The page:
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Frontiers and Controversies in Astrophysics: Lecture 6 Transcript February 1, 2007 << back Professor Charles Bailyn: You'll recall that where we got to last time is that there are lots of Hot Jupiters; lots of Hot Jupiters. And the alternative theories that were presented to explain the evidence for Hot Jupiters--the evidence for Hot Jupiters comes in this form of these velocity curves, where you plot the radial velocity versus time of the star. And the star goes back and forth, and you infer from that that there must be a planet going around it, which is pulling the star back and forth. And some alternative explanations were proposed to explain these kinds of data. Those alternative explanations didn't seem to work very well, and so you have to kind of take the Hot Jupiters seriously. Before I go on, let me mention that, by now, Hot Jupiters are not the only kind of planets that have been seen this way. There are also planets in--now known to have much longer orbits, up to a few years. These are harder to see for two reasons. First of all, it takes you a few years to see them. And second of all, when the orbits get longer, the velocities that they induce go down, because things in long orbits go slowly. But, nevertheless, now we've been able to see a bunch of things. Oddly, in many cases, they turn out to have highly elliptical orbits, in some cases. Not the Hot Jupiters, not the ones that are close in. Those all are more or less circular. But some of these longer ones have highly elliptical orbits. That's also very weird in terms of our theories of planetary formation because one of the things that our theories were designed to explain was the fact that all the major planets in our own Solar System have orbits that are close to circular. It does a very good job of explaining that and then, naturally enough, has trouble explaining the ones we see that are in highly elliptical orbits--highly elliptical--yes, I didn't--highly elliptical orbits, in some cases. And just so you know, the way you recognize a highly elliptical orbit is it's not sinusoidal anymore. It's got some other shape. So, these come in: periodic but non-sinusoidal velocity curves. So, all this is very amusing and you pile up all these very strange kinds of planets, or what you think are planets. But there's still sort of the nagging question of whether these radial velocity curves might be explainable in some other way. And it would be awfully nice to have evidence of some other kind for the existence of these planets. This is, you know, what happens in science. You find some kind of fairly strong evidence for something, but it would be way stronger if you found two different kinds of evidence. Different--collected in different ways or reflecting different aspects of what you're observing that both point in the same direction.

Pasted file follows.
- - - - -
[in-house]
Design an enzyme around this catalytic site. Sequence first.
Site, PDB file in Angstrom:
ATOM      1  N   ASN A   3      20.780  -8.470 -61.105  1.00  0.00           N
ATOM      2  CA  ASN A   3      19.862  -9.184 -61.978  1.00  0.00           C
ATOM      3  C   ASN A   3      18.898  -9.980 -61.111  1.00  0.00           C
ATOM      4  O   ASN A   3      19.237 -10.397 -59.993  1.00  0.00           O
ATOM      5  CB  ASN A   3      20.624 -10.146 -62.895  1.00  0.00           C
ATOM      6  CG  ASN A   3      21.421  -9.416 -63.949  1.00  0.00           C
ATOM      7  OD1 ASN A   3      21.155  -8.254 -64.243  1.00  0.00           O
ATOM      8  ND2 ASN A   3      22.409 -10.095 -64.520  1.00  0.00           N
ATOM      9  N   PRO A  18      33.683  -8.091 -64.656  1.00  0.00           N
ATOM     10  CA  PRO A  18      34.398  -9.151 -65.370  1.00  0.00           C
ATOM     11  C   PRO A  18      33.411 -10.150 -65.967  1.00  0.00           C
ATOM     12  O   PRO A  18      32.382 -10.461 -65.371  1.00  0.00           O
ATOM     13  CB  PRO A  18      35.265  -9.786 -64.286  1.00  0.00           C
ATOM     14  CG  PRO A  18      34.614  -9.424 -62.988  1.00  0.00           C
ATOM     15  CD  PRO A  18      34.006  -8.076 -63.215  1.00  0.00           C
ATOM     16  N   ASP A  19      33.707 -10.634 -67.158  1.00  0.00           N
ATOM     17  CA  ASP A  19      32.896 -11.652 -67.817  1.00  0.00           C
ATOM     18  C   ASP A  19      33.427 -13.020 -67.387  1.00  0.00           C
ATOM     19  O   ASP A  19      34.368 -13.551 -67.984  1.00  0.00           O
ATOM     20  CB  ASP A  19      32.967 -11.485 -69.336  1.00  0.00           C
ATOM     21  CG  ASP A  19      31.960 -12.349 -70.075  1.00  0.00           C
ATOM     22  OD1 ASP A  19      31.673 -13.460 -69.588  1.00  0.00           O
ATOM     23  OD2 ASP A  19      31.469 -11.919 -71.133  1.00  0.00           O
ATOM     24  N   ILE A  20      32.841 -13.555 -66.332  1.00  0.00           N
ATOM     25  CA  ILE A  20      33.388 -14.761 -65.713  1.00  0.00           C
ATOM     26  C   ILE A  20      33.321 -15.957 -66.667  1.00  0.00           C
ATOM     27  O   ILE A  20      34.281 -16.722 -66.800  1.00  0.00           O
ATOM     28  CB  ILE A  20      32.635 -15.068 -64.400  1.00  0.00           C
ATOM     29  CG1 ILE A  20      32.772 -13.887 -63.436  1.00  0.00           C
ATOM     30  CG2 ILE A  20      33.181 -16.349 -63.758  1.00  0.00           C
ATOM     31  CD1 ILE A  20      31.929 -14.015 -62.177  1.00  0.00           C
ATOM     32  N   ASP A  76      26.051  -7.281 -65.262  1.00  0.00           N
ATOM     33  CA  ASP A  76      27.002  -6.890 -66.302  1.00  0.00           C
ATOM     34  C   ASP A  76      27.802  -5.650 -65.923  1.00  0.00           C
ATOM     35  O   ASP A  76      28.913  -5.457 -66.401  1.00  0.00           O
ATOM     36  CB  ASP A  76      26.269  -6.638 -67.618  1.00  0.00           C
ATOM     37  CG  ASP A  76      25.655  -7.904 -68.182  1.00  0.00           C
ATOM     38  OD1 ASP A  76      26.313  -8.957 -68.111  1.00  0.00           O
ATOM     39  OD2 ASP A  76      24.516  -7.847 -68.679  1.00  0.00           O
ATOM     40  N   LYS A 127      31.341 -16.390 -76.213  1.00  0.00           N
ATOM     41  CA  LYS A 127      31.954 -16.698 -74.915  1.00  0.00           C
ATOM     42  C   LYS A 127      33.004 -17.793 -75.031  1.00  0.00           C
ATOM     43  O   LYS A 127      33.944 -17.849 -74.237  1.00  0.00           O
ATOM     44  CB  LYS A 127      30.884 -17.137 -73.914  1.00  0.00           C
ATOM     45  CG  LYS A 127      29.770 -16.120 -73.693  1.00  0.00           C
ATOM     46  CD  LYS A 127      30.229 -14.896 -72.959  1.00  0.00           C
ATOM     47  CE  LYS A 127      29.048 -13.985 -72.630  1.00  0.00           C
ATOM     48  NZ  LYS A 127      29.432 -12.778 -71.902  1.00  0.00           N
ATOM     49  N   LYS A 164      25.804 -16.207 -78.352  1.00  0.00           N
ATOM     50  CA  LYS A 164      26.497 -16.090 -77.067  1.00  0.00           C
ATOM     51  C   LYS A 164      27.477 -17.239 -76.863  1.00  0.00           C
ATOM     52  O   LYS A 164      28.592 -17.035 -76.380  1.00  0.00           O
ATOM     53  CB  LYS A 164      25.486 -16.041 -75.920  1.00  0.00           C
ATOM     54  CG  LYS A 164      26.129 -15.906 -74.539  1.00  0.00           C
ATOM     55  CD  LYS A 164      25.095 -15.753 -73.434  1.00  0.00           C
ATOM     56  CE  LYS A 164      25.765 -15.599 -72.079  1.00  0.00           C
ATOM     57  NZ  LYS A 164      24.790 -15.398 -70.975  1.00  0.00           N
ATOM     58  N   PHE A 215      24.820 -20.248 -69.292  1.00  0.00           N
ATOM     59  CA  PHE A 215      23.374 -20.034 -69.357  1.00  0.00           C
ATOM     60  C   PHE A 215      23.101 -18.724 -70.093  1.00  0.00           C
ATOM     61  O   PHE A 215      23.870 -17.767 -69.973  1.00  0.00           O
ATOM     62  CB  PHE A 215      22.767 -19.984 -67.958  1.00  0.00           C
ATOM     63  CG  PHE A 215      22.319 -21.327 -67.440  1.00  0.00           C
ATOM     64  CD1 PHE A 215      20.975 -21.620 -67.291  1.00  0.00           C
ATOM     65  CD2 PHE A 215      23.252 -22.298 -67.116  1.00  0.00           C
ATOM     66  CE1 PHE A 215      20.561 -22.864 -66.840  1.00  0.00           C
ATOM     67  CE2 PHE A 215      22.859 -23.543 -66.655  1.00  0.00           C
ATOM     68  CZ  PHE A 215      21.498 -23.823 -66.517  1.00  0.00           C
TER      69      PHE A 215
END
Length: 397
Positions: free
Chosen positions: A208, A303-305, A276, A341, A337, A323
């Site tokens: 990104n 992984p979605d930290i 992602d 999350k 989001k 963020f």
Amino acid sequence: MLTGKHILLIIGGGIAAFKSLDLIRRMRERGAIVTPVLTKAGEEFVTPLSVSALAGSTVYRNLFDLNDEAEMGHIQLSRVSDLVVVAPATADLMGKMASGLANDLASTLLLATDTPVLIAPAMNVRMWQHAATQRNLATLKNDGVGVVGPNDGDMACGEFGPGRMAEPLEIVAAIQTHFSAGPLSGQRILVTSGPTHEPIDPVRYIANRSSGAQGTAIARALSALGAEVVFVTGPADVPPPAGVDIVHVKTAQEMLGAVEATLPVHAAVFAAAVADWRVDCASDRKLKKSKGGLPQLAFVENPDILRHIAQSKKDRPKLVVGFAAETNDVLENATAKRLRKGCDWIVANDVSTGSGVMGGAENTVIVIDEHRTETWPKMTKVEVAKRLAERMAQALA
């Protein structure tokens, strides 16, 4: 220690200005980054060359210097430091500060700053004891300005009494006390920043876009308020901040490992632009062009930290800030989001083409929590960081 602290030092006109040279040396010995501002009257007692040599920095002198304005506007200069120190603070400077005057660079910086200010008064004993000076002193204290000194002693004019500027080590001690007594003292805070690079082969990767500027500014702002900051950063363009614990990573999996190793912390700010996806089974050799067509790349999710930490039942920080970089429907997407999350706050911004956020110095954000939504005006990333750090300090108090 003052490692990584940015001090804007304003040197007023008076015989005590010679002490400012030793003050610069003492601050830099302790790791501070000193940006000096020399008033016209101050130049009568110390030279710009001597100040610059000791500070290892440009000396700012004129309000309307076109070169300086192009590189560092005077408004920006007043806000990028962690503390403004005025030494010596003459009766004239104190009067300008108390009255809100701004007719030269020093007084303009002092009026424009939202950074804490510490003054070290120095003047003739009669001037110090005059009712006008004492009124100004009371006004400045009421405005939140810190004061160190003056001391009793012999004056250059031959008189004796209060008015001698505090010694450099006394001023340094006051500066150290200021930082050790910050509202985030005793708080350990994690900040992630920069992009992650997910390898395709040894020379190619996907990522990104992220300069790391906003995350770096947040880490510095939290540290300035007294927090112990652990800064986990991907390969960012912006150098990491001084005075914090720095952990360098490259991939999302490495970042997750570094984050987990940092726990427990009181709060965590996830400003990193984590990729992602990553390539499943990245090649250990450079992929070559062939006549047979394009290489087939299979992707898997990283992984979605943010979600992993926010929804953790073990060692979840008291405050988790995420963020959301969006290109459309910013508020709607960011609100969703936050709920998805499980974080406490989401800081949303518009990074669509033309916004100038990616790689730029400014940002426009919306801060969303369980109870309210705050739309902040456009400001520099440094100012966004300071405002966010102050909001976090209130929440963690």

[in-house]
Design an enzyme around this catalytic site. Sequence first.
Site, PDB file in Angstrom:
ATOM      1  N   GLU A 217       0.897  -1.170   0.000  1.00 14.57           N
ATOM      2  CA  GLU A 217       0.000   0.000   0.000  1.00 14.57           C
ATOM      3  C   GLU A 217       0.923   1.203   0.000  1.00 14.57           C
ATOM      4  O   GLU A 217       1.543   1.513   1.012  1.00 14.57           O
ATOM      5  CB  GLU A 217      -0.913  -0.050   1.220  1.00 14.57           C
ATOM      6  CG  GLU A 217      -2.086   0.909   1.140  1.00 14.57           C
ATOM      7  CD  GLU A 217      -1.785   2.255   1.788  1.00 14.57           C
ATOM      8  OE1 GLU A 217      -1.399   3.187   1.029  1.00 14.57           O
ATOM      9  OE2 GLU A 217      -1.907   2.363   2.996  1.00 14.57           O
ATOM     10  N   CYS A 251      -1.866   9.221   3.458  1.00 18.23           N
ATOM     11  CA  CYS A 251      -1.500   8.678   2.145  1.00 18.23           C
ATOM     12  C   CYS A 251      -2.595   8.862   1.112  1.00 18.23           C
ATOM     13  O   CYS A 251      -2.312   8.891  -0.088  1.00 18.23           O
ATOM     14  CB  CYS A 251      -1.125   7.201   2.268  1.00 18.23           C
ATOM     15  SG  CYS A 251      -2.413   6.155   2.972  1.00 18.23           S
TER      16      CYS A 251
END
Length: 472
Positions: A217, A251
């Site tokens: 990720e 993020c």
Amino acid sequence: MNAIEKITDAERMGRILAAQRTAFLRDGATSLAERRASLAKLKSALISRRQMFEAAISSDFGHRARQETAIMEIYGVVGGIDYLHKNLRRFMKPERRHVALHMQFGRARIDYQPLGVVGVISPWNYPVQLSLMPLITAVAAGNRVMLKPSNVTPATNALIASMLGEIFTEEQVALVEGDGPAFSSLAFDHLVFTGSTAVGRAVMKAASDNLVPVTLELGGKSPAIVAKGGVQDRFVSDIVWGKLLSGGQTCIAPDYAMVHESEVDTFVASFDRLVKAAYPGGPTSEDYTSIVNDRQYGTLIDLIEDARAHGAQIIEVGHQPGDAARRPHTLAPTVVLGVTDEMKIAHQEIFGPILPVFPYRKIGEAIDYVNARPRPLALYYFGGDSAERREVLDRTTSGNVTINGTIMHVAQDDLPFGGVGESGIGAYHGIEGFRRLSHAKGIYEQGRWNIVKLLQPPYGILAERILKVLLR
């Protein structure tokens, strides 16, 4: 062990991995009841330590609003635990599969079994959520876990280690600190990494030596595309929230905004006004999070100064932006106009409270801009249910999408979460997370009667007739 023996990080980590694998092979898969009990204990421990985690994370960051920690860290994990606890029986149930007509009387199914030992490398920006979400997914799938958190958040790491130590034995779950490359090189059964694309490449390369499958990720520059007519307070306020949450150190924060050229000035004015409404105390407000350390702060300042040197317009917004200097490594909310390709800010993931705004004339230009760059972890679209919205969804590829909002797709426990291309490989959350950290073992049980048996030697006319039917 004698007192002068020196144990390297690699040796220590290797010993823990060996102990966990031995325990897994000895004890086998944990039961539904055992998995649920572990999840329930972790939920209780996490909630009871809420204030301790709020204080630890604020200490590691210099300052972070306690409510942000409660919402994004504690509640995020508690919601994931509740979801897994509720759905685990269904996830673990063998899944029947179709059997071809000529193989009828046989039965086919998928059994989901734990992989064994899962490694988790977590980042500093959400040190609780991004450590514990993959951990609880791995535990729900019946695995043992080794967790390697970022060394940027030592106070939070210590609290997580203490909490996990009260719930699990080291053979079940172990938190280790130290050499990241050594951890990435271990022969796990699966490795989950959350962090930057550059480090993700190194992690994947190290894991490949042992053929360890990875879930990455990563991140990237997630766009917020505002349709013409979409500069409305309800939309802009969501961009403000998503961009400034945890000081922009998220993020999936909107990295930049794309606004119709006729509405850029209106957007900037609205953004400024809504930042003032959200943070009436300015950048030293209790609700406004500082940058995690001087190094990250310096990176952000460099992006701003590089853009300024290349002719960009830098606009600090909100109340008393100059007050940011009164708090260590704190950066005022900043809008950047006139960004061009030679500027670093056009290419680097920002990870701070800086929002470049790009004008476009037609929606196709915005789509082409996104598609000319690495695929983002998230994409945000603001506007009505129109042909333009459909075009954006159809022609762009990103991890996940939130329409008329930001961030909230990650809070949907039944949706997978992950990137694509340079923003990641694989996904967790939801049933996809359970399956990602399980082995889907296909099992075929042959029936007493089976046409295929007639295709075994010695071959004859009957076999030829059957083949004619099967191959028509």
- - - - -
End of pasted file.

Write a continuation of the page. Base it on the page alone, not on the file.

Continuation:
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This note was uploaded on 02/06/2012 for the course ASTR 160 taught by Professor Charlesbailyn during the Spring '06 term at Yale.

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